Wedemeyer was sent to China to take over command of US forces there from General Joseph Stillwell. It was a tough assignment, since Stillwell, who had spent years making himself worthy of the nickname “Vinegar Joe”, had done much to disrupt Sino-American relations with his cultural insensivity. Wedemeyer was to change all that with his polite and unassuming style.
Wedemeyer, states an article quoted in McLaughlin’s book, “shunned pomp and circumstance, kept his headquarters simple. If nobody else had beer or Coca-Cola, neither did headquarters.” At the same time, he stepped up social interaction between senior US and Chinese officers, which, while often time-consuming and wasteful from an American perspective, was necessary to establish rapport.
In this way, he was many years ahead of his time, understanding the meaning of “hearts and minds” before the expression became fashionable. A supreme example is how he modified procedures, established under Stillwell, that allowed US advisors to overrule the Chinese officers they were serving in times of disagreement. It often caused tremendous embarrassment to the Chinese side, and Wedemeyer understood the procedure had to be altered.
His solution was “for the American commander to accept the disagreement without rancor, and for the (American and Chinese) commanders to jointly institute a rapid oral appeal process going up the line of command… and then back down again to the local commander. The command then would have the appearance of the full force of the Chinese army.” Again, a time-consuming procedure that, however, probably ultimately saved time by taking into account the need to save face in a highly face-conscious society.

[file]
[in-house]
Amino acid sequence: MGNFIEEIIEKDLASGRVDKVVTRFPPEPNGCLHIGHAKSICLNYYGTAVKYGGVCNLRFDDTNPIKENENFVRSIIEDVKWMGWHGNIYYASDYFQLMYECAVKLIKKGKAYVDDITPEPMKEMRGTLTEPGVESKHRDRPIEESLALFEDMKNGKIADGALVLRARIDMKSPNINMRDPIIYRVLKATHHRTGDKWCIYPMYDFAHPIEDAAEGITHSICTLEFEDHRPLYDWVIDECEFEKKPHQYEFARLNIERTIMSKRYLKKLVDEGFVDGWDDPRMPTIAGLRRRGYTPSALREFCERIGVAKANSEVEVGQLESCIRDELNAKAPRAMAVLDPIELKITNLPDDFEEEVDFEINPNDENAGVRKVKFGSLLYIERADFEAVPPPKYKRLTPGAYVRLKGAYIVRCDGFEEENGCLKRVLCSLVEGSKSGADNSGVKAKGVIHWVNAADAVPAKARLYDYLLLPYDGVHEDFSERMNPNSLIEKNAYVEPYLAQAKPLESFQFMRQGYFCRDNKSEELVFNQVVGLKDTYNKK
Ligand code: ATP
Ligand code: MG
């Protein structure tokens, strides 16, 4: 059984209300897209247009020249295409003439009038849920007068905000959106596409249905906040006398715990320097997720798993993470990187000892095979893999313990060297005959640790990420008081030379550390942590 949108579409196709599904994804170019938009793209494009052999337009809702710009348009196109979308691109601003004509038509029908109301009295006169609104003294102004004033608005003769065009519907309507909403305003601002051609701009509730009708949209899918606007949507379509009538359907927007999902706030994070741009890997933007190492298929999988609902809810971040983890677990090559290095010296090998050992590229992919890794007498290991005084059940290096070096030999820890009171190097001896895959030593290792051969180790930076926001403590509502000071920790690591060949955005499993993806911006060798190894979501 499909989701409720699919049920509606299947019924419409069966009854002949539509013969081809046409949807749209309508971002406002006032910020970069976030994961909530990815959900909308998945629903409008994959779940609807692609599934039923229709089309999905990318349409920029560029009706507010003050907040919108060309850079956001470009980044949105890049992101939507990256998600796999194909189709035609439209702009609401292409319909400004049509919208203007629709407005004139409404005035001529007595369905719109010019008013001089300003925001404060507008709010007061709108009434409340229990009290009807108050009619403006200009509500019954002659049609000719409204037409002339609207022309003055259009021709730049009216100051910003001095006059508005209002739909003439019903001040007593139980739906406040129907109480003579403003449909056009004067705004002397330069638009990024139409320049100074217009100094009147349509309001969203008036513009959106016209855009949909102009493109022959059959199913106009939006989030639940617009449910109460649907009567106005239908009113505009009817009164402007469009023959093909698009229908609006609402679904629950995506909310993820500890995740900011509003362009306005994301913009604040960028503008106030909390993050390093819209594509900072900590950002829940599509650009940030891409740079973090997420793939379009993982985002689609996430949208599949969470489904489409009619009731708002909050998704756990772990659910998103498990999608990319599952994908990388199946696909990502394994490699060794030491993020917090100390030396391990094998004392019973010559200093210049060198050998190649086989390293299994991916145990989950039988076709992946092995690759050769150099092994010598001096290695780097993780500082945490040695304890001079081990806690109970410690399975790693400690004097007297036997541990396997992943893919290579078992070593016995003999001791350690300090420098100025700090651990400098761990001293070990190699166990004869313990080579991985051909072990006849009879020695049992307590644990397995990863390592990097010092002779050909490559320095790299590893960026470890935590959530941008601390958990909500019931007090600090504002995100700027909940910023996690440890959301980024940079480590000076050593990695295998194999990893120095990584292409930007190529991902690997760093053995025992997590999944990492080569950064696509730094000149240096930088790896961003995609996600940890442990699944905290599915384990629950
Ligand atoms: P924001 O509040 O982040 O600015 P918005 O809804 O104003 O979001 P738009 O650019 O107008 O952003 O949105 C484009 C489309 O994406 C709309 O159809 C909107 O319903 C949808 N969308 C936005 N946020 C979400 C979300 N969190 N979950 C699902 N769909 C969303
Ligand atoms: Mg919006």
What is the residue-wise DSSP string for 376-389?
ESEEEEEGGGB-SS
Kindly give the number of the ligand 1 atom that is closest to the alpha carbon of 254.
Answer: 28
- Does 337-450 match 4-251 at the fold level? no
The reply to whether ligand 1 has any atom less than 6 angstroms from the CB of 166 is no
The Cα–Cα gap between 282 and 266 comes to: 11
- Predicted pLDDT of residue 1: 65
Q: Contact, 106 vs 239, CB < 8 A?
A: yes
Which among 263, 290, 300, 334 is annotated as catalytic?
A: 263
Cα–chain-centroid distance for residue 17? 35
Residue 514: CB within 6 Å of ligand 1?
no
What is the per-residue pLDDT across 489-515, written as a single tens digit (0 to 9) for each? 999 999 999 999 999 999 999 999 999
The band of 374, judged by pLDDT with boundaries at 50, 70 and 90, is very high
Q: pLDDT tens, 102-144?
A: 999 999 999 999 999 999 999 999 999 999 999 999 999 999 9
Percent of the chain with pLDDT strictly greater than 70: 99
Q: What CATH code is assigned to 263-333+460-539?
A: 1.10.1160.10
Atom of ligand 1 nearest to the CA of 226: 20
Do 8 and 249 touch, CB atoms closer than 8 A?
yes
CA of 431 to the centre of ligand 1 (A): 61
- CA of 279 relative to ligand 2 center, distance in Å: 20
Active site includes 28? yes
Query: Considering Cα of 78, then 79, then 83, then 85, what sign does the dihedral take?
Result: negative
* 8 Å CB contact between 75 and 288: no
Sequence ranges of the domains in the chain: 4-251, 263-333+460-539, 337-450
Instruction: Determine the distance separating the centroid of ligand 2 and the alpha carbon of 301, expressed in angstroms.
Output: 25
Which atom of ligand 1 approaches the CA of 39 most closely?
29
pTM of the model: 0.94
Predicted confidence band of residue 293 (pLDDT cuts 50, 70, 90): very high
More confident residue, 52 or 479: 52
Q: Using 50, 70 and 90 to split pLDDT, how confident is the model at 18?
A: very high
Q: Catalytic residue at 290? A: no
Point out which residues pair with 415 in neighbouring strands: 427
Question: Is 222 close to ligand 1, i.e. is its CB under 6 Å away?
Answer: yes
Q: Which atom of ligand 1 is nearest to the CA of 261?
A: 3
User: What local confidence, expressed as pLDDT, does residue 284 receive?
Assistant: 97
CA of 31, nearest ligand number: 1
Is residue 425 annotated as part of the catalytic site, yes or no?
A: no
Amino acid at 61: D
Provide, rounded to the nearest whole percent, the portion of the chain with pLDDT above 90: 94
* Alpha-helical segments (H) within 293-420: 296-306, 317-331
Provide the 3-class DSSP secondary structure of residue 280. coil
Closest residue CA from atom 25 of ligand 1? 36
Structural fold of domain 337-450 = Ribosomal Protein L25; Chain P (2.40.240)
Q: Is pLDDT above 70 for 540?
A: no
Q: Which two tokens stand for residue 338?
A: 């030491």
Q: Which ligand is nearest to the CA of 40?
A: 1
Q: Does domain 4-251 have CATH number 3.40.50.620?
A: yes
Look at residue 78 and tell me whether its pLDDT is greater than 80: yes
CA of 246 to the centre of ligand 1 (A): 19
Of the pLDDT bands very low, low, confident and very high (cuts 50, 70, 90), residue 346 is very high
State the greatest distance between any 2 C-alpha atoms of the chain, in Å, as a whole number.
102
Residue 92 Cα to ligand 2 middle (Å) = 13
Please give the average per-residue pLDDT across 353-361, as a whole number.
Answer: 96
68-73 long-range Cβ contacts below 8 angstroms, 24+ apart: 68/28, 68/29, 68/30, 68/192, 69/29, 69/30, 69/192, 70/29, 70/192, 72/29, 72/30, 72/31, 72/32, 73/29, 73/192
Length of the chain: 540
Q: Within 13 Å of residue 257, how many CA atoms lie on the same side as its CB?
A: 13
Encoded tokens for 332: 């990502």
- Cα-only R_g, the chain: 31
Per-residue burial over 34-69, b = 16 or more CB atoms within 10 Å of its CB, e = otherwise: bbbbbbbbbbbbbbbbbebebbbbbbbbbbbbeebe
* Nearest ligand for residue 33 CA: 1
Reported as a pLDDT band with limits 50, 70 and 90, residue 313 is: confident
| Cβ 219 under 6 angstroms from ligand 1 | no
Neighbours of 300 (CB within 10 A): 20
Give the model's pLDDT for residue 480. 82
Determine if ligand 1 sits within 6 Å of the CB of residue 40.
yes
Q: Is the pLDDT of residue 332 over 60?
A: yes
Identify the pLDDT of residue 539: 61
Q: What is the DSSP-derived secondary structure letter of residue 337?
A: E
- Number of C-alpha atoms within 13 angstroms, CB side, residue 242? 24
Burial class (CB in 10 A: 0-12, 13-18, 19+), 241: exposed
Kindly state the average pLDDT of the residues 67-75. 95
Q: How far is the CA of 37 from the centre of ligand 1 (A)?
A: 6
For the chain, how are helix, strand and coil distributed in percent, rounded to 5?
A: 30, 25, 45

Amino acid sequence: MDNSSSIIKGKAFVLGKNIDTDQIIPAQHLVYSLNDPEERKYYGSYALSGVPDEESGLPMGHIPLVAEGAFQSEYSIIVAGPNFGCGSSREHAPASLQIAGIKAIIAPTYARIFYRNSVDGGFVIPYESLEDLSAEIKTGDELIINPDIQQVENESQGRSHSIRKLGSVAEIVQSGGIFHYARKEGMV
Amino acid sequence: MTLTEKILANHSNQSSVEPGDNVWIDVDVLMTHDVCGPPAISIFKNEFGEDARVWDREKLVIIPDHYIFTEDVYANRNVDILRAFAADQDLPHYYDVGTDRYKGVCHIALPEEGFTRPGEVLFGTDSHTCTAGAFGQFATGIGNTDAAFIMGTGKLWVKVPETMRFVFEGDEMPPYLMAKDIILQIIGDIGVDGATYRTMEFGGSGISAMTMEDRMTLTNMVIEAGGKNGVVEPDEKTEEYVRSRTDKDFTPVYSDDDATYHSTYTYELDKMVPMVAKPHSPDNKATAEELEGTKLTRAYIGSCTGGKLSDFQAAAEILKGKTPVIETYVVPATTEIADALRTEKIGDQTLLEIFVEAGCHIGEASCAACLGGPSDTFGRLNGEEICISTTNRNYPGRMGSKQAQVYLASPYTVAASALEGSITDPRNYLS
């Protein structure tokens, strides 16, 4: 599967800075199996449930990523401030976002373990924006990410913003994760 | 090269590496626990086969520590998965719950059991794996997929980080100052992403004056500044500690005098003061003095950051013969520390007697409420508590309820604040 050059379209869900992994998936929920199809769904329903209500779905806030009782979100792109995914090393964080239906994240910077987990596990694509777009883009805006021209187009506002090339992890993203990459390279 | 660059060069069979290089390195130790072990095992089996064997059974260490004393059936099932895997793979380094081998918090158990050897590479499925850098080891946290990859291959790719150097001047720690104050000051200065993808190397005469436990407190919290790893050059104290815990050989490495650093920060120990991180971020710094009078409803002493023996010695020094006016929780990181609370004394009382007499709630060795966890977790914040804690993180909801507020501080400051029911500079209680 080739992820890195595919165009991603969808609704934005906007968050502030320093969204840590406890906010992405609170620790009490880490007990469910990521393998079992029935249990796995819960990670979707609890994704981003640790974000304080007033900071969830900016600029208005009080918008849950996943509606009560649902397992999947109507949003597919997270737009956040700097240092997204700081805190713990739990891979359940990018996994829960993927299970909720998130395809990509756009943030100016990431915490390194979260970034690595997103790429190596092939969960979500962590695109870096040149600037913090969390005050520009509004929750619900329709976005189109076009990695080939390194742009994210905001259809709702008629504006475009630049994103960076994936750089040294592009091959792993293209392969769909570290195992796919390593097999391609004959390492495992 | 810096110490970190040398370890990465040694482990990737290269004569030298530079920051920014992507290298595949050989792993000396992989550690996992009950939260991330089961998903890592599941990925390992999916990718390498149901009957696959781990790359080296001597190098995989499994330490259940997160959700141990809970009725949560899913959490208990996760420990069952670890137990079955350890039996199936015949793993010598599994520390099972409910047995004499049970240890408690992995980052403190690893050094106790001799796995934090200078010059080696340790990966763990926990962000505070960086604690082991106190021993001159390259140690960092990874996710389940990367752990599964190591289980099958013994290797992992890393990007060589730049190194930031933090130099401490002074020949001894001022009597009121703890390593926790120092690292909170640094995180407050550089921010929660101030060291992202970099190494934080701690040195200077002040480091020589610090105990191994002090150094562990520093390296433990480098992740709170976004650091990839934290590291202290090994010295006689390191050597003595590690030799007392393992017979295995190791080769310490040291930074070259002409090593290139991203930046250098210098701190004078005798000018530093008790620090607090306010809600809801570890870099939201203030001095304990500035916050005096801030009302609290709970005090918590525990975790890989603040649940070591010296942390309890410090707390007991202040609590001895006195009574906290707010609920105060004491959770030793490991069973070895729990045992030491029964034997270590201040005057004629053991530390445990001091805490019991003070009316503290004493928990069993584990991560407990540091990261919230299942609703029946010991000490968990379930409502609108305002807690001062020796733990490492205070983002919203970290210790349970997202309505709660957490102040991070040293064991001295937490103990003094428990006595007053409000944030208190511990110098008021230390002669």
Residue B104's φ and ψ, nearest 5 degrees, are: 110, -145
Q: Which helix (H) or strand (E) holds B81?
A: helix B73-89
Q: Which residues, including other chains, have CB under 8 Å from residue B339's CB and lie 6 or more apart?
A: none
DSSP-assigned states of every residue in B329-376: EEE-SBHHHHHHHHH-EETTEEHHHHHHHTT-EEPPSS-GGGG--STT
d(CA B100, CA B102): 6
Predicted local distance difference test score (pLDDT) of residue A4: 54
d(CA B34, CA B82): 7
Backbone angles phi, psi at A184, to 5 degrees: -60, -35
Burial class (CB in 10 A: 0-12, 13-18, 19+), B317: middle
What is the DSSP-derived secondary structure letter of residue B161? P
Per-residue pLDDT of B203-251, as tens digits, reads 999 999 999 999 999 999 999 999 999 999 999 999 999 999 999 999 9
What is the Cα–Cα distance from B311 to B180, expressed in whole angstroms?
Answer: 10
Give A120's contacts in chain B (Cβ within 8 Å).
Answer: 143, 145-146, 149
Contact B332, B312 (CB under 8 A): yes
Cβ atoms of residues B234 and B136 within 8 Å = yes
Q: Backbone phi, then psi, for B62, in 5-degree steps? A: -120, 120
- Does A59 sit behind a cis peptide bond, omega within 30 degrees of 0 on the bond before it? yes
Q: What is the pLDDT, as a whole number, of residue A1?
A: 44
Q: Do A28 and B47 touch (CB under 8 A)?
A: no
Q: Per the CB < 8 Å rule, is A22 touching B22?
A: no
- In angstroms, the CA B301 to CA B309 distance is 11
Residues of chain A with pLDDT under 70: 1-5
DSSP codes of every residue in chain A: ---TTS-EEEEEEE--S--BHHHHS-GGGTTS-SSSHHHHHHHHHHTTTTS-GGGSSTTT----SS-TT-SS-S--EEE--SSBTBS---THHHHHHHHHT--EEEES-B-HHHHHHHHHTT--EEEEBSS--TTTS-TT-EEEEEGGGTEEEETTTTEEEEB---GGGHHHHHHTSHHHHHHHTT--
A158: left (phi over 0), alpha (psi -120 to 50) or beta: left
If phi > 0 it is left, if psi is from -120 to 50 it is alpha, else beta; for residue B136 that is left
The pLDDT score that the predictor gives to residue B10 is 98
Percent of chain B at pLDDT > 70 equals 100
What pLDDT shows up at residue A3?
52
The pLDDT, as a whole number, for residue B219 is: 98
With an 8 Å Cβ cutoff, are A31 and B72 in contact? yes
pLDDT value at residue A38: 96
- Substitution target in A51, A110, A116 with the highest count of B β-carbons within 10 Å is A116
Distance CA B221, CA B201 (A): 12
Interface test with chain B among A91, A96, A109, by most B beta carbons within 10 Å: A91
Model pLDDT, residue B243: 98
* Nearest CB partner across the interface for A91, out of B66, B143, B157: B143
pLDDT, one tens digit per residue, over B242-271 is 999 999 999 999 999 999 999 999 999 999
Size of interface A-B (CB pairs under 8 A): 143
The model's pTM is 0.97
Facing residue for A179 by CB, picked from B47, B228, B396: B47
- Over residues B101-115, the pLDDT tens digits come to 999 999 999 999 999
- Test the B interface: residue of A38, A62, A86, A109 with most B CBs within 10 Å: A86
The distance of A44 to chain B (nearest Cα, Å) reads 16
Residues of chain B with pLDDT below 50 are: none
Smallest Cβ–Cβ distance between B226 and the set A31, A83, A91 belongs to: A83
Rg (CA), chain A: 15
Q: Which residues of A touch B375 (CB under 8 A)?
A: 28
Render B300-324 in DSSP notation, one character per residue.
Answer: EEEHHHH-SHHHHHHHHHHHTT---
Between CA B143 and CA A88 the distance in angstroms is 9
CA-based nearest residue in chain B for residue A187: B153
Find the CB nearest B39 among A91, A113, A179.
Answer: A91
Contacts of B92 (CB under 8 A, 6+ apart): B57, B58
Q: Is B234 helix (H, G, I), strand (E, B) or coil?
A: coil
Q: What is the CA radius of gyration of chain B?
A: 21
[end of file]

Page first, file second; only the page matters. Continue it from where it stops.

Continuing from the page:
All this and much more is described in detail in McLaughlin’s biography. His book is particularly important because of one last piece of bad luck that befell Wedemeyer long after the war. In 1970 celebrated American historian Barbara Tuchman wrote a biography of Stillwell, Stillwell and the American Experience in China 1911-45. Given its subject, it was almost inevitable that Wedemeyer, as a sort of antithesis to Stillwell, would get a less than kind treatment. The need faced by the popular historian to impose a narrative structure on often messy historical facts dictated that.
Needless to say, Wedemeyer ways extremely annoyed by the publication, but he was also ultimately helpless. Tuchman’s book became highly influential and was to determine what many westerners thought they knew about American involvement in China in the decades before the communist revolution. Prior to McLaughlin’s book there has been no equally comprehensive effort to counterbalance the posthumous image of America’s unsung strategist.
McLaughlin’s book also belongs in any World War II library because of the exciting account it provides of China in the latter stages of its struggle with Japan, where legacies of the past and premonitions of the future combined to produce one of the most complex theatres of the entire war. It’s a must-have!
Categories: Memory, War